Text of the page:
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DIVVYING UP THE CHECK

Posted by Tim Bryce on April 3, 2015

BRYCE ON LIFE

– Don’t turn a pleasant evening into an accounting nightmare.

(Click for AUDIO VERSION)
To use this segment in a Radio broadcast or Podcast, send TIM a request.

One of the most embarrassing customs we have in this country is fighting over the bill at a restaurant. It’s one thing for someone to pick up the check in its entirety, quite another when we start to fight over who should pay what. When someone picks up the whole check, it’s usually done for business purposes, a date, a celebration, or as a term of endearment (meaning, “I enjoy your company and it would be an honor if you would allow me to pay the bill”). Under this scenario, the other party will inevitably reciprocate the next time you go out. If they do not, it’s time to find another friend.

Aside from this, the real problem comes when we try to split hairs over the check. The bill should, of course, be reviewed for accuracy, but I have been with people who like to put everything under a microscope and fight with the waiter or waitress over every nickel, thereby turning a pleasant evening into an uncomfortable inquisition. It’s one thing to be frugal, quite another to be cheap (Jack Benny preferred the word “penurious”).

I never understood the logic of having one bill for a large group of people who are going to pay separately. Inevitably, someone appoints him/herself as the head bookkeeper and instructs everyone what they owe, rather loudly I might add. Everybody at the table then knows who the big spenders are, as well as the tightwads. Why not have separate checks and save everyone the embarrassment? It might be a headache for the waiter or waitress, but no more than having someone run a P & L statement on you over the PA system.

Most of the time, people will simply split the bill evenly, which is easy for the waiter to do, and provides an equitable solution for all of the parties involved, unless one of the parties is keeping a scorecard on who ate and drank what, thereby feeling cheated by a 50/50 split. In this situation, have the waiter split the check accordingly and avoid creating any ill-will.

The last thing that could potentially turn ugly when multiple parties are involved is calculating the tip. Under a 50/50 split, both parties should theoretically give the same amount (assuming they are both satisfied with the service provided). If one person gives more than another, than the waiter will most likely think one person is cheaper than the other (or more generous than the other depending on your perspective).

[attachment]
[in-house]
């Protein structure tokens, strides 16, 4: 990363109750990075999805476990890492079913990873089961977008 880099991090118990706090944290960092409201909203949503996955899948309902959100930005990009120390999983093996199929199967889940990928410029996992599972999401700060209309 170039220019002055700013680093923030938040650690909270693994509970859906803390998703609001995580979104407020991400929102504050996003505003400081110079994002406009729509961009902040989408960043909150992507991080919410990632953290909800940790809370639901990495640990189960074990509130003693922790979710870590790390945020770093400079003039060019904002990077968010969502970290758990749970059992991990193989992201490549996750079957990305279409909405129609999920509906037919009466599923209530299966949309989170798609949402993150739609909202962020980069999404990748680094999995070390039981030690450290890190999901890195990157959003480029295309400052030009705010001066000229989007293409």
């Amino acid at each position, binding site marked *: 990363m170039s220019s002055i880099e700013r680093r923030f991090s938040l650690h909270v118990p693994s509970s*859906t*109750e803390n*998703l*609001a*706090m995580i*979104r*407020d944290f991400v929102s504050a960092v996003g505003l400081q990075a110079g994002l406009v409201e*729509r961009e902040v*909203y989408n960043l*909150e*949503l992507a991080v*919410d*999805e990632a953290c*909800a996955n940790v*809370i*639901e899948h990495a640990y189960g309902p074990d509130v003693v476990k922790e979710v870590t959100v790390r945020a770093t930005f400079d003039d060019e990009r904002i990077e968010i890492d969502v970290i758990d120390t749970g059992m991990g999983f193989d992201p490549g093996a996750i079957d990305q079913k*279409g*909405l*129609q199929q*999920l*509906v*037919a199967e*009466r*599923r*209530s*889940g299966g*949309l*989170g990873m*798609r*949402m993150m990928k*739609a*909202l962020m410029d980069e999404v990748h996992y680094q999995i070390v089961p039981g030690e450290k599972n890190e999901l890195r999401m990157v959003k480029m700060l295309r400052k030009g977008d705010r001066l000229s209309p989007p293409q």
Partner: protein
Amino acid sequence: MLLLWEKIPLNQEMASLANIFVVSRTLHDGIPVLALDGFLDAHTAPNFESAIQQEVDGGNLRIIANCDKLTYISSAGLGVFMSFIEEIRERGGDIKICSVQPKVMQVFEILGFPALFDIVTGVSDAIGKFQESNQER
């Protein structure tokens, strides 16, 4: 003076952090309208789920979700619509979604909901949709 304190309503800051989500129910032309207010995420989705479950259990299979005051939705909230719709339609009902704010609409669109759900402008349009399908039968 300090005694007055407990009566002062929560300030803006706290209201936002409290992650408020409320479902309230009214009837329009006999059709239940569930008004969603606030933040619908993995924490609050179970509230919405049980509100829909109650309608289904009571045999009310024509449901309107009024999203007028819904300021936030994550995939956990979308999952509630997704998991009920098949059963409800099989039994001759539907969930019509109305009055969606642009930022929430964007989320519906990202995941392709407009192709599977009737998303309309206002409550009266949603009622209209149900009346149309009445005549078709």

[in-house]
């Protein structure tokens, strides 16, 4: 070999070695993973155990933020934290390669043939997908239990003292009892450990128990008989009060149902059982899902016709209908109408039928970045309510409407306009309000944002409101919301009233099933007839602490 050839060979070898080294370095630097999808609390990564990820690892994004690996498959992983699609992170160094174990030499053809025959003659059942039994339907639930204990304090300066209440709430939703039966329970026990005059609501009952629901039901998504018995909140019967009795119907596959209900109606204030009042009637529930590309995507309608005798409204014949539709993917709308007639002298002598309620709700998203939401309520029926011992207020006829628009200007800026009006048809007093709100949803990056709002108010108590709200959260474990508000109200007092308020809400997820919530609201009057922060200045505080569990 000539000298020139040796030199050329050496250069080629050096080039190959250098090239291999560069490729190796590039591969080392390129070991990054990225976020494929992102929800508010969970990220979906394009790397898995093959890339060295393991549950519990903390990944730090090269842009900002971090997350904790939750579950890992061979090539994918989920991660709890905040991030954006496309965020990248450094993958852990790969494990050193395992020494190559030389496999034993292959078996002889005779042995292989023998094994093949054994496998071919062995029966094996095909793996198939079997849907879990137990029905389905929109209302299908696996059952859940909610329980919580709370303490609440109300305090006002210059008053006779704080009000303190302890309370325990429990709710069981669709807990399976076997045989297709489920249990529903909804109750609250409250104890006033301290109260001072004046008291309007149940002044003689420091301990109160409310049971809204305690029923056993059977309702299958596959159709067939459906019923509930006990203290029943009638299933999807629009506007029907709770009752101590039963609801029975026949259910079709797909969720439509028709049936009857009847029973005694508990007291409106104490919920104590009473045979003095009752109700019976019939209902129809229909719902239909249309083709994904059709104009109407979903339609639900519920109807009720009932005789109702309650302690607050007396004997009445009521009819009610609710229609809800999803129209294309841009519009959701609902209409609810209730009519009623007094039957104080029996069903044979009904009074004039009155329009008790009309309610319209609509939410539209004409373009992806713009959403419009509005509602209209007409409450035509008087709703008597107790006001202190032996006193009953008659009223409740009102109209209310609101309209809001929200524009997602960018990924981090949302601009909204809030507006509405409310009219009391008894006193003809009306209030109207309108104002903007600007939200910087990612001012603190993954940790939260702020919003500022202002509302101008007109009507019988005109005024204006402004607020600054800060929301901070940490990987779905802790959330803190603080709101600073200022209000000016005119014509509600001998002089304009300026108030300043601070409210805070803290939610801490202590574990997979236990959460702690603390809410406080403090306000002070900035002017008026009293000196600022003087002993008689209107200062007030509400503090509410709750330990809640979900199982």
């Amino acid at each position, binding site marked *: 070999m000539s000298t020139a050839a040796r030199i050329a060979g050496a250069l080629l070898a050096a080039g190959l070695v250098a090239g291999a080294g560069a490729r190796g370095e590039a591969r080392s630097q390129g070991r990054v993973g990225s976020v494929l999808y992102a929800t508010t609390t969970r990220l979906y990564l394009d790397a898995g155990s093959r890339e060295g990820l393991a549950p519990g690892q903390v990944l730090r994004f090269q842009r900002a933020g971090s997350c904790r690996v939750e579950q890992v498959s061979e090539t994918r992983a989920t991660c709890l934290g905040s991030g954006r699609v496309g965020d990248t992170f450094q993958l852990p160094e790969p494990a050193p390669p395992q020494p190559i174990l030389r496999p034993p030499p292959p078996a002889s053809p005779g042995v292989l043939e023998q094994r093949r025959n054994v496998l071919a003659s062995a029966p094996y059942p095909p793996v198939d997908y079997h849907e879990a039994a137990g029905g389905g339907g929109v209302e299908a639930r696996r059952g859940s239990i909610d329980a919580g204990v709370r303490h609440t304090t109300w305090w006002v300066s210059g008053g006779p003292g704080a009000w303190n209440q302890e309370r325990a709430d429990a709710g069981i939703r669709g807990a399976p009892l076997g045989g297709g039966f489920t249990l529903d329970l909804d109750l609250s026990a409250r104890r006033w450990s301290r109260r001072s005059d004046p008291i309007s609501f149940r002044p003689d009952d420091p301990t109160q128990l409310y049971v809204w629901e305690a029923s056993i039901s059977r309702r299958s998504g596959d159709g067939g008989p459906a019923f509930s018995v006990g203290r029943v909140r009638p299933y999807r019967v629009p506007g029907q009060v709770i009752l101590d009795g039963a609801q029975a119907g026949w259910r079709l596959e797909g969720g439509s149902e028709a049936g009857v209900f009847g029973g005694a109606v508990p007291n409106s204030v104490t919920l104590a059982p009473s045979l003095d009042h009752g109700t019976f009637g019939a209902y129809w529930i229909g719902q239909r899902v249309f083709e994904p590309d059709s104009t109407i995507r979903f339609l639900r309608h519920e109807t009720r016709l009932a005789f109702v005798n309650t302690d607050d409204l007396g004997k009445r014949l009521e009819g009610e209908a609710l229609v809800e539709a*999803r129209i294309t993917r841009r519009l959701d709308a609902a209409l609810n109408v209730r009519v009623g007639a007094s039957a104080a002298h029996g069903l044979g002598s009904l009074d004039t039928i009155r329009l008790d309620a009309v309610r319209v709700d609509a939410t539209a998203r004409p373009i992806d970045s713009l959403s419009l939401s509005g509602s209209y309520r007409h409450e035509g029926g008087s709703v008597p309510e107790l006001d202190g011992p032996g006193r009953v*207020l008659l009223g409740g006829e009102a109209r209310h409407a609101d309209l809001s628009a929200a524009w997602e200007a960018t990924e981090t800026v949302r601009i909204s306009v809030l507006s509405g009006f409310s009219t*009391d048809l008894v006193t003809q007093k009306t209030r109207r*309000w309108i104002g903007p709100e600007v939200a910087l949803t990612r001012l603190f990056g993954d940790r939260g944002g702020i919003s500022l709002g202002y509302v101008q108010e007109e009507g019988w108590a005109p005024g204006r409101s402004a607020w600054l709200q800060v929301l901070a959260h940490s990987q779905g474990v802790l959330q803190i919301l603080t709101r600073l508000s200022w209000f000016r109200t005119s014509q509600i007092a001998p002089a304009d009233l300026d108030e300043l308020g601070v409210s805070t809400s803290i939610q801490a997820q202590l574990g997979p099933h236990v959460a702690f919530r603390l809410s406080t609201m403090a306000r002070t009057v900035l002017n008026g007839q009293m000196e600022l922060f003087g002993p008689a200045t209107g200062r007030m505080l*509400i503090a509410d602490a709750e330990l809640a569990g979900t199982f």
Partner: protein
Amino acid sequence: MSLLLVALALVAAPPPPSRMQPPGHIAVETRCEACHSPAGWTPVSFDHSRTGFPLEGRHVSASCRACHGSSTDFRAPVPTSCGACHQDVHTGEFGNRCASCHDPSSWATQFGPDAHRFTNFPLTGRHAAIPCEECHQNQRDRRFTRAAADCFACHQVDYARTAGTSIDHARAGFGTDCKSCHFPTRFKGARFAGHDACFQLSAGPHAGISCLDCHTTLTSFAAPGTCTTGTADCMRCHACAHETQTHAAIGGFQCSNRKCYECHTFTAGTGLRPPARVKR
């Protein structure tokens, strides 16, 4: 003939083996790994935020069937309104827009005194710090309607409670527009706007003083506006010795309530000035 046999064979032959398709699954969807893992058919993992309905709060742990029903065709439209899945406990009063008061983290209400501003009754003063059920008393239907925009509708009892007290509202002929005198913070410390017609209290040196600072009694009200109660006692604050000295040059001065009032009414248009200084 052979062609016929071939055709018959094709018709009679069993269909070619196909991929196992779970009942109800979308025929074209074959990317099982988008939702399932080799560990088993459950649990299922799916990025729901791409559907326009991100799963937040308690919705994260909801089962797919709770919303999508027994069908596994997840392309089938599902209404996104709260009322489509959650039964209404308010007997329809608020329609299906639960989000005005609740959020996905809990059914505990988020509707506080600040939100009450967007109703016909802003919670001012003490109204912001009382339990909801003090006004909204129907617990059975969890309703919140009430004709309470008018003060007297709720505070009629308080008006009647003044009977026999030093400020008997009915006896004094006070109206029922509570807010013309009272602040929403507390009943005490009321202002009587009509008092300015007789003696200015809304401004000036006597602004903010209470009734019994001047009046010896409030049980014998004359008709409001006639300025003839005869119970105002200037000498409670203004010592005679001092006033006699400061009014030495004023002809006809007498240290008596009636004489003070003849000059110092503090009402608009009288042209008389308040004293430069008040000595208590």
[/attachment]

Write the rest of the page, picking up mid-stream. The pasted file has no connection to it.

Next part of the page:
When we share a meal with others, the general idea is to relax and have a good time. Consequently, paying the bill should be handled with finesse and grace, not embarrassment. Perhaps the best way to develop indigestion is to fight over a lousy bill which would certainly defeat the purpose of going out together.

Originally published: 02/08/2010

Keep the Faith!

Note: All trademarks both marked and unmarked belong to their respective companies.

Tim Bryce is a writer and the Managing Director of M&JB Investment Company (M&JB) of Palm Harbor, Florida and has over 30 years of experience in the management consulting field. He can be reached at timb001@phmainstreet.com

For Tim’s columns, see:  timbryce.com

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Copyright © 2015 by Tim Bryce. All rights reserved.

NEXT UP:  PROCESS TEMPLATES – Five business process templates which accommodate most business processes. 

LAST TIME:  44 YEARS OF “PRIDE”  – and the lessons we have learned.

Listen to Tim on WJTN-AM (News Talk 1240) “The Town Square” with host John Siggins (Mon, Wed, Fri, 12:30-3:00pm Eastern); WZIG-FM (104.1) in Palm Harbor,FL; and KIT-AM 1280 in Yakima, Washington “The Morning News” with hosts Dave Ettl & Lance Tormey (weekdays. 6:00-9:00am Pacific). Or tune-in to Tim’s channel on YouTube.

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2 Responses to “DIVVYING UP THE CHECK”

  1. Tim Bryce said

    A W.H. of Boulder, Colorado wrote…

    “Well, when I’m out with just another person, most of the time we just divide the check in half even if there’s a small difference in what each of us ordered.

    Years ago, when I was working, I would have to travel to Camden NJ (fun) to RCA for some program reviews. Inevitably, a group of about 10-12 would go out to a nice place for dinner, and the program manager would indeed play the part of “cashier” and tell everyone what they owed. HOWEVER, we found out that this guy basically took the check, and if there were 12 people at the table, he would divide it by 11 and then each of us would put into the kitty. We never thought much about it. Someone noticed one time, and at a later event, HIS boss was at the table and he simply turned to the guy and told him to pick up the entire check – and put it on the expense account. Everyone knew why.”

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  2. […] DIVVYING UP THE CHECK […]

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